You’ve heard of hybrid cars, which combine power sources—gasoline and an on-board rechargeable energy storage system (RESS). Now there’s a hybrid aspirin that combines acetylsalicylic acid, nitric oxide (NO) and hydrogen sulfide (H2S). They call it the “NOSH aspirin,” and they’re saying it can stop cancer cells from growing.
Cancer-fighting properties of the new hybrid aspirin are reported in the ACS Medicinal Chemistry Letters. The same scientists had already developed a safer-on-the-stomach aspirin that used nitric oxide.
By adding hydrogen sulfide with its anti-inflammatory properties, the hope was that the aspirin would reduce the long-term inflammation that is thought to lead to abnormal cell growth and thereby contribute to a variety of cancers. Such long-term inflammation might come from infections or diseases such as HPV (can lead to cervical cancer) and hepatitis B (a precursor to liver cancer).
NO is important for a great many functions “in the gastrointestinal tract, including mucosal blood flow, maintenance of mucosal integrity, and maintenance of vascular tone,” according to the National Institutes of Health,
Scientists have for years been studying the role of hydrogen sulfide in the development of cancer prevention drugs. When they noted that cruciferous vegetables such as broccoli, watercress and Brussels sprouts naturally protect against stomach and colon cancers, they decided to mix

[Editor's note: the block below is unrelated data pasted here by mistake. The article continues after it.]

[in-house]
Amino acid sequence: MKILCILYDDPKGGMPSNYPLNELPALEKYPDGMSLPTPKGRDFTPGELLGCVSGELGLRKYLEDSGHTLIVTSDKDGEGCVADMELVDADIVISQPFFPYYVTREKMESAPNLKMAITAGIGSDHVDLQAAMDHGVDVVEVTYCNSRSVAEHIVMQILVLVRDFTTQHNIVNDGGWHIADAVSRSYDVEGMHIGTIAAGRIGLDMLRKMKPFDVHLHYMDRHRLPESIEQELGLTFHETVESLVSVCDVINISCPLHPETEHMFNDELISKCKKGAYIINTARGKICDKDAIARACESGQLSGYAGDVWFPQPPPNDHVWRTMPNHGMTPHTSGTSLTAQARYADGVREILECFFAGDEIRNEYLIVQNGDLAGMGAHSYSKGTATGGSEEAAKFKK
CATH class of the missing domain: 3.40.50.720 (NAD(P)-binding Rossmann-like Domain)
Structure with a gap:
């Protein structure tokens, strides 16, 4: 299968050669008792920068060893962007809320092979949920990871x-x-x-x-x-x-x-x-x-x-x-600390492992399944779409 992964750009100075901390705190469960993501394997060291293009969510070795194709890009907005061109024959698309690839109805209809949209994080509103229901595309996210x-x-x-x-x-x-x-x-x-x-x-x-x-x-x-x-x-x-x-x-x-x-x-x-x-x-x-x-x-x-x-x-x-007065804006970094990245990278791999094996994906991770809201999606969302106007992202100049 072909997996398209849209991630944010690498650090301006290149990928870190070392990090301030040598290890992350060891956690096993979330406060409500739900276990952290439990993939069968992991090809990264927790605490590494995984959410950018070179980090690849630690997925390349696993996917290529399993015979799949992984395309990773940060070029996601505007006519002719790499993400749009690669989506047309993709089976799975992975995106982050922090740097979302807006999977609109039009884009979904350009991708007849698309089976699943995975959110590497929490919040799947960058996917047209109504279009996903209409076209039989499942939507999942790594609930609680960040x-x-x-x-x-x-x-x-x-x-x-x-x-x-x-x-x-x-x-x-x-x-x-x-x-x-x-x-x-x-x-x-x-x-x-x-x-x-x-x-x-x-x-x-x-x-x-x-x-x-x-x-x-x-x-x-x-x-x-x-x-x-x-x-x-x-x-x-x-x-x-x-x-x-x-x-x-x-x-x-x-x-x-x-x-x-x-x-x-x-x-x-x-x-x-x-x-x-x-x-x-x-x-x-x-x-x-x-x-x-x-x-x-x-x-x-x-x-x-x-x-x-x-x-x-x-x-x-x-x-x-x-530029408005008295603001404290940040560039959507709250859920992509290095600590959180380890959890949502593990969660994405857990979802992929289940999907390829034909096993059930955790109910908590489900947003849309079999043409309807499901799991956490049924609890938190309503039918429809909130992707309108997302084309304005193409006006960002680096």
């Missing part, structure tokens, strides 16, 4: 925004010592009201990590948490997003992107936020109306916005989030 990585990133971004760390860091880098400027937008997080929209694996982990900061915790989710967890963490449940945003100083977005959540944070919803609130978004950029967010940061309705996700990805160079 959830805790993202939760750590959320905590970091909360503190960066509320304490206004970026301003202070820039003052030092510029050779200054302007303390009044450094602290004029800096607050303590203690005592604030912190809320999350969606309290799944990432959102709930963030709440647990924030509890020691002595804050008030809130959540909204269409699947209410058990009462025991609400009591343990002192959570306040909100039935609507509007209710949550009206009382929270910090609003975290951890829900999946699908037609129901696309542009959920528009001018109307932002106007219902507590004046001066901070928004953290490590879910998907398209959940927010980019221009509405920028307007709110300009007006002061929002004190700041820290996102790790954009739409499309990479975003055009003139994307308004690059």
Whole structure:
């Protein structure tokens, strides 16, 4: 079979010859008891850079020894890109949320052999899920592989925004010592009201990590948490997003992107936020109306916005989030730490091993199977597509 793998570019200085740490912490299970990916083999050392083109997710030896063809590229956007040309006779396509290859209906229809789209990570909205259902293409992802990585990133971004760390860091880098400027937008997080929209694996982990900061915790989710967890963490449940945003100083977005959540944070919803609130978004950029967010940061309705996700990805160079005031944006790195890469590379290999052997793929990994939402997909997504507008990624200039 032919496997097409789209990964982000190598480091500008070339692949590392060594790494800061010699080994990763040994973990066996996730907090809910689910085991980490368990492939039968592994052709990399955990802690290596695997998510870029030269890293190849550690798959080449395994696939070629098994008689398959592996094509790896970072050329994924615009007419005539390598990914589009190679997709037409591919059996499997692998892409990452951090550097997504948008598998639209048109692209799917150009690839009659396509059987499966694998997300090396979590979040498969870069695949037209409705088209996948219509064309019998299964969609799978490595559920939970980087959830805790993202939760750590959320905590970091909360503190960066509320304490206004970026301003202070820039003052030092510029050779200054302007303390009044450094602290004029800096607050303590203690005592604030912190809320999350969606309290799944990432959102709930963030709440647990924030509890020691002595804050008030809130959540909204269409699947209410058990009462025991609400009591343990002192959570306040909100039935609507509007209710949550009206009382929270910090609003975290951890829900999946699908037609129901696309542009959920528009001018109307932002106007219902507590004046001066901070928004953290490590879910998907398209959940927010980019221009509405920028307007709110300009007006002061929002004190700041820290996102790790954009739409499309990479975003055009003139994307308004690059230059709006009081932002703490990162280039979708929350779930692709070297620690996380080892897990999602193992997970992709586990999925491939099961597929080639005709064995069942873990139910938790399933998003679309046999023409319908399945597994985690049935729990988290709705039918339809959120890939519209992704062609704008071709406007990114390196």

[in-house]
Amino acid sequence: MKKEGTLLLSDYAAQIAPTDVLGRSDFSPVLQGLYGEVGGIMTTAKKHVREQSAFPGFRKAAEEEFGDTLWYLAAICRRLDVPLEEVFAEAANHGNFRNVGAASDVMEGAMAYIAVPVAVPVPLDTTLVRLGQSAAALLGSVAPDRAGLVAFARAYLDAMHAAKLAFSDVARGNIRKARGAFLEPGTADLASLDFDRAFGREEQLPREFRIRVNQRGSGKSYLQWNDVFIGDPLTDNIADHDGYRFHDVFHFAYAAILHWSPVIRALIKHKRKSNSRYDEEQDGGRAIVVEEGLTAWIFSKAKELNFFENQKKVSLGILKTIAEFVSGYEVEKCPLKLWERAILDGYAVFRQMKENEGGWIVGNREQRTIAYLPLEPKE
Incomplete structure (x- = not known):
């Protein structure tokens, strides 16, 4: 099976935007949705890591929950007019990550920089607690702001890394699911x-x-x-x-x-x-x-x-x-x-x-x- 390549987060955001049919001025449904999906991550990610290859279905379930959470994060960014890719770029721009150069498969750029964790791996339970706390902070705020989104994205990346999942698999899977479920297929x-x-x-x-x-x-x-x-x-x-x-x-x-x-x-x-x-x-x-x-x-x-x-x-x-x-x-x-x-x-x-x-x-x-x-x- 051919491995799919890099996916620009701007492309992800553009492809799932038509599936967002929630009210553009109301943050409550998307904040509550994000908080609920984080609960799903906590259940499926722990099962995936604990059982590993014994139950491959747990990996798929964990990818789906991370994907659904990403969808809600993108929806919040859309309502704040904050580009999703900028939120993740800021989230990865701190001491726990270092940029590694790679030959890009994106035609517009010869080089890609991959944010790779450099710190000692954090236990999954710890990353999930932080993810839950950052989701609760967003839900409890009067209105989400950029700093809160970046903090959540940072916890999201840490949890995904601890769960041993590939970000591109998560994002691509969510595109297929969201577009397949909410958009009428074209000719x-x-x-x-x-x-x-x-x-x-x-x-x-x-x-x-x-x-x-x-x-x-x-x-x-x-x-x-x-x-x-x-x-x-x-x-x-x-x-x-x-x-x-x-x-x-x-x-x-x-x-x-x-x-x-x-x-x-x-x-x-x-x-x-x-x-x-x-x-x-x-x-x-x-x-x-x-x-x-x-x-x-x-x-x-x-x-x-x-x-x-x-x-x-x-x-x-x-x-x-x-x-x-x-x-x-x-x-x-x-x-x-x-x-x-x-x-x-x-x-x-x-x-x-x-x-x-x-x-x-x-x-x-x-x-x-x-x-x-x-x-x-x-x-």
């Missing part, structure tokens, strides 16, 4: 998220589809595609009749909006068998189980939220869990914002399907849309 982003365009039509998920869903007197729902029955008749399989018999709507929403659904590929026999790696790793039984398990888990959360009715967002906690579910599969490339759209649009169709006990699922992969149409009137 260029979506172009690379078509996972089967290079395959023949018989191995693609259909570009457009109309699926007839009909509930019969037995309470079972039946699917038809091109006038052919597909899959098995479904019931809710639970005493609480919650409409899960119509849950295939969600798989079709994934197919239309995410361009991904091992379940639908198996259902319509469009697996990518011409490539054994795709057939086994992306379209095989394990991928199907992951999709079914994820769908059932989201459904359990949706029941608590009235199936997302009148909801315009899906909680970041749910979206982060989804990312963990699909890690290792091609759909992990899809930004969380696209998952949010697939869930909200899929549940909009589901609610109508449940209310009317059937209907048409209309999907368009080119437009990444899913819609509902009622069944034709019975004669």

NO and H2S in the hope of coming up with dual benefits. Voila, the NOSH aspirin.
Laboratory tests on animals show the aspirin inhibits growth of breast, colon, pancreas, lung, prostate and some types of leukemia cancer cells without damaging normal cells. NOSH preparations were recorded as being 100,000 times more effective against cancer than regular aspirin.
Other studies have shown even regular aspirin offers a significant reduction of chances of hereditary cancers. But regular intake of aspirin carries a risk of gastrointestinal bleeding and in somecases Reye’s syndrome.
So it will probably come soon. Clinical trials will see whether the cost-benefit ratio of using NOSH aspirin for cancer prevention gets up to where it needs to be for human consumption.